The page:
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Old 01-09-2013, 19:28   #201
syntaxerrorsix
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Hell even the FBI home page admits that the agency was formed against the will of the people by a couple of progressives. No wonder so many people have been duped.

"1908, the establishment of this kind of agency at a national level was highly controversial. The U.S. Constitution is based on "federalism:" a national government with jurisdiction over matters that crossed boundaries, like interstate commerce and foreign affairs, with all other powers reserved to the states."

http://www.fbi.gov/about-us/history/brief-history
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Old 01-09-2013, 19:38   #202
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Civil Liberties Issues
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Old 01-09-2013, 19:48   #203
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Originally Posted by Sharky7 View Post
Civil Liberties Issues

Impressive. So far you've fared exactly as expected and landed right smack in the middle of nanny nanny boo boo much like your counterparts.

Commendable.. really.

/thread
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Old 01-09-2013, 19:49   #204
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Quote:
Originally Posted by Sharky7 View Post

The Constitution is the framework for our country and government.

frame·work /ˈfrāmˌwərk/
Noun

1. An essential supporting structure of a building, vehicle, or object.

2. A basic structure underlying a system, concept, or text: "the theoretical framework of political sociology".

I understand your argument...but I do not agree with it.
--------------------------

Now....Why do you believe so many other countries on Earth have laws against illegal drugs for their society?
No, it isn't Nancy Pelosi. You actually couldn't be more wrong. The Constitution is a legal document that, among a few other things, describes in great detail which powers the states have ceded to the federal government. It reads very clearly.

Under your logic, the bill of rights are a list of polite suggestions.
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Old 01-09-2013, 19:51   #205
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Ask your President. He is the Constitutional scholar...He certainly knows the answers.
My President?

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Old 01-09-2013, 19:54   #206
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I'd shut my mouth on it forever if you can point to the section of the COTUS that grants the fed this power OR explain why alcohol prohibition required a constitutional amendment but marijuana prohibition didn't.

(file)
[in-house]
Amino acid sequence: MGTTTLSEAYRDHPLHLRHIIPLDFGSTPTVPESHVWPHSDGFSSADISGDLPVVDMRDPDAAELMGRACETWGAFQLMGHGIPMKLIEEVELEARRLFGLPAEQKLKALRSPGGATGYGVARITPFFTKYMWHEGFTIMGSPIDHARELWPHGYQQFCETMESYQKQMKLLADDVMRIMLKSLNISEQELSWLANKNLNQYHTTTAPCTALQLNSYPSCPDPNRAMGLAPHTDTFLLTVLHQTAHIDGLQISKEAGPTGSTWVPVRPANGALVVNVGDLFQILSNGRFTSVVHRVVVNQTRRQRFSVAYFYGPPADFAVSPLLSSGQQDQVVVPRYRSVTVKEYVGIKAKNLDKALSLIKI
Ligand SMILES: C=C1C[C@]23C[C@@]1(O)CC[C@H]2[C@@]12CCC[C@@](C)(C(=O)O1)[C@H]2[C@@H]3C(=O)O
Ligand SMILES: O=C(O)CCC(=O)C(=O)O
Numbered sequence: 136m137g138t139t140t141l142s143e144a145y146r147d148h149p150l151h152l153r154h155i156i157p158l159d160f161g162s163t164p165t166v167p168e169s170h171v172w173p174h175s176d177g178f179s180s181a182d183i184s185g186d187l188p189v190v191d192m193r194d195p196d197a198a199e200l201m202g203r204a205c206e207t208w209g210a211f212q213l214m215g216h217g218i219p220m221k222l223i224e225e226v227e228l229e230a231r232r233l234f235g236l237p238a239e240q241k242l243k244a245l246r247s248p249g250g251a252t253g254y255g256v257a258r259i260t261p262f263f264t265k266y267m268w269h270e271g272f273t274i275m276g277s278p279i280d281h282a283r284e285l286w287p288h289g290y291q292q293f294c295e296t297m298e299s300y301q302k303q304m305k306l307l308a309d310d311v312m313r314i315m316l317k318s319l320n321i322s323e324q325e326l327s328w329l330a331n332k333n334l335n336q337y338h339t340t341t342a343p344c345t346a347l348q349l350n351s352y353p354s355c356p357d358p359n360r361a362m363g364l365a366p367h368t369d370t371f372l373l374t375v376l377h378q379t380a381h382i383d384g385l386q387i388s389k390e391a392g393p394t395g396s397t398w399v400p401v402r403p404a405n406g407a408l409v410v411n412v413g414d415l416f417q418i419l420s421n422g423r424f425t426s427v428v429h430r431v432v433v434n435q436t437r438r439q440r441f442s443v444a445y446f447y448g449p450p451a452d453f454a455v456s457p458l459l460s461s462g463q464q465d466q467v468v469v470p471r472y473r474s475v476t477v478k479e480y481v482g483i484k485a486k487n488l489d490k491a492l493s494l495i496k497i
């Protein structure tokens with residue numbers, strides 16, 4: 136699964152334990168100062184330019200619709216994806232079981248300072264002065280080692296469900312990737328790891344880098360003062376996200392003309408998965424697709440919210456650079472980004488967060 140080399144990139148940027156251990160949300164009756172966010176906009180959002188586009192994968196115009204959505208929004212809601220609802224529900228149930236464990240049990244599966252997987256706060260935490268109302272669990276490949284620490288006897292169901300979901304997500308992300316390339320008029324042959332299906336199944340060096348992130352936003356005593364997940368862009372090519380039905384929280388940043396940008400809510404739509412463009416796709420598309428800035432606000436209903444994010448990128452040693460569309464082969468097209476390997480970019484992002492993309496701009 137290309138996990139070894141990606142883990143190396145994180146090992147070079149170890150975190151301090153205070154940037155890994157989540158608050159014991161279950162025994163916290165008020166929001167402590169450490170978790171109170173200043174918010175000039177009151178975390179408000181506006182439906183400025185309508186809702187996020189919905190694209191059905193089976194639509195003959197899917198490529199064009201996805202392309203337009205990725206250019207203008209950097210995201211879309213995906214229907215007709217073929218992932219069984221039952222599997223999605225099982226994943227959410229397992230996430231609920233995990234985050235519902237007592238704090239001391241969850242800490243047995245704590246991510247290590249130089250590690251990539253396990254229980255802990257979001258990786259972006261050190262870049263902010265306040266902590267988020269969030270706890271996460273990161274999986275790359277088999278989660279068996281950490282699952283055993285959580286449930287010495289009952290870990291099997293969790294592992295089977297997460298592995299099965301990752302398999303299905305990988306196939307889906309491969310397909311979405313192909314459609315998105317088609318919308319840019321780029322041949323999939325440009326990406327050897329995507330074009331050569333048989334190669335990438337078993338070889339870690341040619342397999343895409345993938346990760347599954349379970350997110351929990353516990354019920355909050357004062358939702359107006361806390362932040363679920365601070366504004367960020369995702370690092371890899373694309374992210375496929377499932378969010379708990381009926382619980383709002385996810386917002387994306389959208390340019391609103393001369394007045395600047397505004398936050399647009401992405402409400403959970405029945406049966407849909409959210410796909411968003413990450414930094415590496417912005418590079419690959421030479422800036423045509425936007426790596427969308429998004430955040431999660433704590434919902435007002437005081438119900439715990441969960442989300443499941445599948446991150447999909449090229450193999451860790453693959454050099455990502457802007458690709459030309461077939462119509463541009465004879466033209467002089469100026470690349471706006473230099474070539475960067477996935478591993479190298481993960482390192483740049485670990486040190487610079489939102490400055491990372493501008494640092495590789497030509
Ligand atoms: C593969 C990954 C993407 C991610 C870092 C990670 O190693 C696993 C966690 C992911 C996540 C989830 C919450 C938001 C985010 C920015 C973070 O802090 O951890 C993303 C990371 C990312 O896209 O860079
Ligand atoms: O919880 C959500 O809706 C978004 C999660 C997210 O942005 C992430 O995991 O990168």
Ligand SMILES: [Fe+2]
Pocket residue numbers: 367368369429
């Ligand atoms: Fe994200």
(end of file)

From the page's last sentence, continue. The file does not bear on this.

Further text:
Still no takers on this, huh?

Never is.
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Old 01-09-2013, 20:01   #207
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Impressive. So far you've fared exactly as expected and landed right smack in the middle of nanny nanny boo boo much like your counterparts.

Commendable.. really.

/thread
Sorry...You are so far off the end of the spectrum that nothing I would say would matter. I see what you believe in regards to the constitution - but I don't agree with you at all.

Some of your statements about basic street drugs and their effects on society are also way off. If you want to understand what a community of drug addicts are like, let me know. Come on a ride along.
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Old 01-09-2013, 20:08   #208
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Sorry...You are so far off the end of the spectrum that nothing I would say would matter. I see what you believe in regards to the constitution - but I don't agree with you at all.
The Constitution says what it says. There really isn't a "spectrum" until you folks invent one.

Quote:
Some of your statements about basic street drugs and their effects on society are also way off. If you want to understand what a community of drug addicts are like, let me know. Come on a ride along.
Forcing users and dealers into the shadows is precisely what causes the rampant crime and violence associated with illicit drug use.
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Old 01-09-2013, 20:10   #209
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No, it isn't Nancy Pelosi. You actually couldn't be more wrong. The Constitution is a legal document that, among a few other things, describes in great detail which powers the states have ceded to the federal government. It reads very clearly.

Under your logic, the bill of rights are a list of polite suggestions.
You think the constitution is written in great detail? So much so that 200 years later people are still arguing just that, details....
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Old 01-09-2013, 20:12   #210
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Originally Posted by Sharky7 View Post
You think the constitution is written in great detail? So much so that 200 years later people are still arguing just that, details....
Which parts do you feel are in unclear?

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Old 01-09-2013, 20:13   #211